To dispose of oil, let it cool and decant it into a non-recyclable food-waste container eg. some milk cartons, and dispose.
Air-frying at home: The pros and cons
Air frying pros
— Uses far less oil: You only need to brush the chicken with oil to coat it. Xueci only used 2 - 3 tbsp in our recipe and video.
— Set and ‘forget’: Comes complete with a timer and you don’t have to attend to it while cooking
— Also results in deliciously golden and crispy fried chicken!
— No deep-frying ‘fumes’
— You need to buy (and store) an extra kitchen device. We used thisPhilipsmodel, which is one of the most popular on the market. The basket fits three small or two large pieces of chicken.
— Takes longer to cook the batches (approx. 20 min, compared to approx. 12 - 14 for air-frying) depending on the serving size, and basket size of the air fryer
Ruby: The deep-fryer’s verdict on deep-frying vs. air frying
As you know by now, I really enjoy deep frying! I love watching all the action happen when you lower it into its hot hot bath—there’s something therapeutic about watching it bubble away, so I don’t mind hovering over the stove while magic happens. I think the biggest deterrent when it comes to deep frying is dealing with hot oil—and the fear of any splashing. With proper tools like a spider or tongs you can gently (this is key) lower the chicken into the hot oil. Going slow and close to the surface equals a shorter fall through gravity meaning zero splash! Plus, your shaggy breading acts as a moisture seal, so you won’t be seeing any spitting oil here.
So after trying the results of both methods, what’s my verdict? I’m of course skewed by my labor of love, but personally, I don’t like having extra kitchen gadgets and am much happier to do something low-fi—for this reason, deep frying is my pick. Taste-wise the air fried chicken and deep fried chicken are quite similar, but I do think the oilier deep fried version carries the flavor of seasoning better and results in a crust that is crispy but with some oily, flavorful bubbling. The air fryer breading is SUPER crunchy, but doesn’t have that oiliness—resulting in a slightly harder mantle, if you will. If I want fried food, I want fried food. Both methods delivered super succulent chicken, so another hats off to our brining method. However, cooking side by side with Xueci, I did find that my chicken took less time to cook (averaging about 12 min per batch), and I could fit pieces into my large pot. That all said, if you want to eat deep fried food really often and don’t want to deal with the calorifics and the clean up of the oil—maybe the air-fryer is your new friend. I’ll just be over here, watching my oil bubble away.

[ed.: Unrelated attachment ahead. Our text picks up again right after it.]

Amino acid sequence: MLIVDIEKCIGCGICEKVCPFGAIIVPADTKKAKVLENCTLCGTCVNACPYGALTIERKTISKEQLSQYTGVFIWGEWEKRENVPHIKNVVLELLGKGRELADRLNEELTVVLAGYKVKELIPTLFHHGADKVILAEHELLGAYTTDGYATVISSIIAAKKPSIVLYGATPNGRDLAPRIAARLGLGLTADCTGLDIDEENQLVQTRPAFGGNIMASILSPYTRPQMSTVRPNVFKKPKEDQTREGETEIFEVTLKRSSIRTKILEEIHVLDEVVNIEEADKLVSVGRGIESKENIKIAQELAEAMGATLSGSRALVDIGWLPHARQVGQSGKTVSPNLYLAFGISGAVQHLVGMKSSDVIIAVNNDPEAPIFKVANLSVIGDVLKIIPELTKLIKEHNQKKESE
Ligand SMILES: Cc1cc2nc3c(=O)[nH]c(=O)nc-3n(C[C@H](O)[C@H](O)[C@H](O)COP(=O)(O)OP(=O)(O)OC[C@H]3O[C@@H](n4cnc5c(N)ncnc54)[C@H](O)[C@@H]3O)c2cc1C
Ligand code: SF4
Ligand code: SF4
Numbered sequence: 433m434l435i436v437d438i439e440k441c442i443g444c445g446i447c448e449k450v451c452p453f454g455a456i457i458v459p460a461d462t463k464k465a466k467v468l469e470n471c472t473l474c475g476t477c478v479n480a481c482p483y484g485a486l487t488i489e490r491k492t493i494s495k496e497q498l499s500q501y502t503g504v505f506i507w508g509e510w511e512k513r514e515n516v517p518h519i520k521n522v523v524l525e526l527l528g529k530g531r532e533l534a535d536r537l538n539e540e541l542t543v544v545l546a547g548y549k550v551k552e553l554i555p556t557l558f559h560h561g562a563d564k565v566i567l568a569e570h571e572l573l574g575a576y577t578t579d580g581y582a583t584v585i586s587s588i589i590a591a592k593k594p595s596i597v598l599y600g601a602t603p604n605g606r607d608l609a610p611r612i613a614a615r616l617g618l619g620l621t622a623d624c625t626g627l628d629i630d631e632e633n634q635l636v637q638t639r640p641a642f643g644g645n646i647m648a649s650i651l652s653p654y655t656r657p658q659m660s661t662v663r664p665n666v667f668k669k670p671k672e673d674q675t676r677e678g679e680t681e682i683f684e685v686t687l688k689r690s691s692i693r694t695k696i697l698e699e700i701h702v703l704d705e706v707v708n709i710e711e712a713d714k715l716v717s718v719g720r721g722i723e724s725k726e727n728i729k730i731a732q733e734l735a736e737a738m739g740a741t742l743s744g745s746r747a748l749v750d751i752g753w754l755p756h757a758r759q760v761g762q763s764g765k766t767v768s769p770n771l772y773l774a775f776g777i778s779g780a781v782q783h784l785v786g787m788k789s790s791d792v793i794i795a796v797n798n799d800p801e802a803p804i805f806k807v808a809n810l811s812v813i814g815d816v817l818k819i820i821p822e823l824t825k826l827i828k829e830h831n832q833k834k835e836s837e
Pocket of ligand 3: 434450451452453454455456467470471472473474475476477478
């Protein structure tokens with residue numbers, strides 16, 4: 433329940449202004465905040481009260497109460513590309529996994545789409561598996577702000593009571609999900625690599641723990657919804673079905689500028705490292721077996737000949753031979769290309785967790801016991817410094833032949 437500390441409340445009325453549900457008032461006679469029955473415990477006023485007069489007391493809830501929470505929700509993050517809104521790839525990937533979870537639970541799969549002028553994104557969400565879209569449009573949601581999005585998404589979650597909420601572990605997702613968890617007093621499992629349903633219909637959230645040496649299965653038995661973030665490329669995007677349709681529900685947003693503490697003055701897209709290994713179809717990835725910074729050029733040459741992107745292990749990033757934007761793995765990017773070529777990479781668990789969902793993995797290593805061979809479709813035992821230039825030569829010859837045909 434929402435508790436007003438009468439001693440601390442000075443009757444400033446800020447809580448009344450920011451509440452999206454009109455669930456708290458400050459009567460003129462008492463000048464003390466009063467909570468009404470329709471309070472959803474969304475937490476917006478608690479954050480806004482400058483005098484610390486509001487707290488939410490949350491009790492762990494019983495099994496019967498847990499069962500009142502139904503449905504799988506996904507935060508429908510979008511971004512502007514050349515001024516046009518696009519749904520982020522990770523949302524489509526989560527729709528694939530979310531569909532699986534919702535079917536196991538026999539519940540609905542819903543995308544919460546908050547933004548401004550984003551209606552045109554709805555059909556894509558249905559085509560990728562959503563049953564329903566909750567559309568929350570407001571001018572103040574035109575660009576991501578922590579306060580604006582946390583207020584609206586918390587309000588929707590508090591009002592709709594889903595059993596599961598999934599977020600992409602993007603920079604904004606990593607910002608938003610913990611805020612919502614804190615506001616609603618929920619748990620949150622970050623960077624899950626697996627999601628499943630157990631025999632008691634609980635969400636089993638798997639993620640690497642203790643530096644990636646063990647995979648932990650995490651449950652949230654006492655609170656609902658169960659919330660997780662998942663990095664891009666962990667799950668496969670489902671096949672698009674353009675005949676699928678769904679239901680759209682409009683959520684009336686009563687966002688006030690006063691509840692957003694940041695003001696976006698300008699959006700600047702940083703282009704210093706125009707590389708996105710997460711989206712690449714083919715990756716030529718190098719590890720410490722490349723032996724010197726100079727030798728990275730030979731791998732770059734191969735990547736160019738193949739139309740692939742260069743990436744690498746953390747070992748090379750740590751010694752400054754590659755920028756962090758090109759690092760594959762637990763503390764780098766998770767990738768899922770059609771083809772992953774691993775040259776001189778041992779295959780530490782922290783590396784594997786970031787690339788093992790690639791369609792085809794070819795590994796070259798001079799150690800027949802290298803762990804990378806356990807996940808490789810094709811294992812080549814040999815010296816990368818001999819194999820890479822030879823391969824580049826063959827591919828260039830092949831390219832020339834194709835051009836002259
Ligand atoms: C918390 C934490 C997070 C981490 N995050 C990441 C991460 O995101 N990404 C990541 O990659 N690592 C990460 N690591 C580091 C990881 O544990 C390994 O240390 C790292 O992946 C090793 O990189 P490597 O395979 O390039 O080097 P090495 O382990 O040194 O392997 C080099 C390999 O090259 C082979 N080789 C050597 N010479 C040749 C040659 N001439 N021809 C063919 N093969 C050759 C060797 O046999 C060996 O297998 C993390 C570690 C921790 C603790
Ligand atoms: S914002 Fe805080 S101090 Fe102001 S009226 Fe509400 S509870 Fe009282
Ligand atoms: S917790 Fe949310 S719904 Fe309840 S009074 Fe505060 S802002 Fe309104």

Xueci: The air-fryer’s verdict on air-frying vs. deep-frying
I’ve been wanting to try an airfryer for a while. It’s not surprising: I’m an easy-to-influence consumer out and I almost never deep-fry in my single household. However, I had low expectations when the air-fryer arrived in our office, having just watched this video which didn’t endorse it at all. After testing the method and tasting the results, I have to say it’s a good add-on gadget, especially for beginners who enjoy deep fried food (and would like to enjoy it more often) and have some enough space in the kitchen. In many ways, it’s like a rice cooker (indispensable for me) or a toaster, which you could do without but definitely makes your life easier if you rely on it regularly. I picture it to be best for a household of 2 or 3 people.
We started off thinking air-fried chicken was never gonna end up as good as deep-fried chicken—so what’s my verdict? It does save oil and fuss. Plus, to me, the taste and look it produces is just like the KFC chicken of my childhood. There are more purposes for the air fryer too: Like many other reviews mention, an air-fryer is great for crisping up frozen fries, wedges or nuggets, as it’s easy to toss them with the handle and get them golden all over. There are also videos where people cook whole meals or even bake cakes with it—possibly a case of, you can, but should you? I’ll leave that up to you.
The overall verdict: Which method wins? Deep frying or air frying?
Although we really thought I was going to win (not because of my own talent, more from the age-old magic of deep-frying), we ended up in a TIE. Xueci’s air fried chicken was undeniably crunchy and really gave my classic deep-fried chicken a run for its money. Both methods successfully delivered the kind of fried chicken, in look and in flavor, that could hold its own if served up at a restaurant or takeout joint—as you can see, the difference in a photo isn’t perceptible! The method you choose is really a lifestyle choice—if you want fried food on the reg, maybe try the air fryer, but if deep frying is an every now and then treat, it’s a fun cooking project to dive into.
What’s your verdict? Let us know in the comments!
Published on May 26, 2021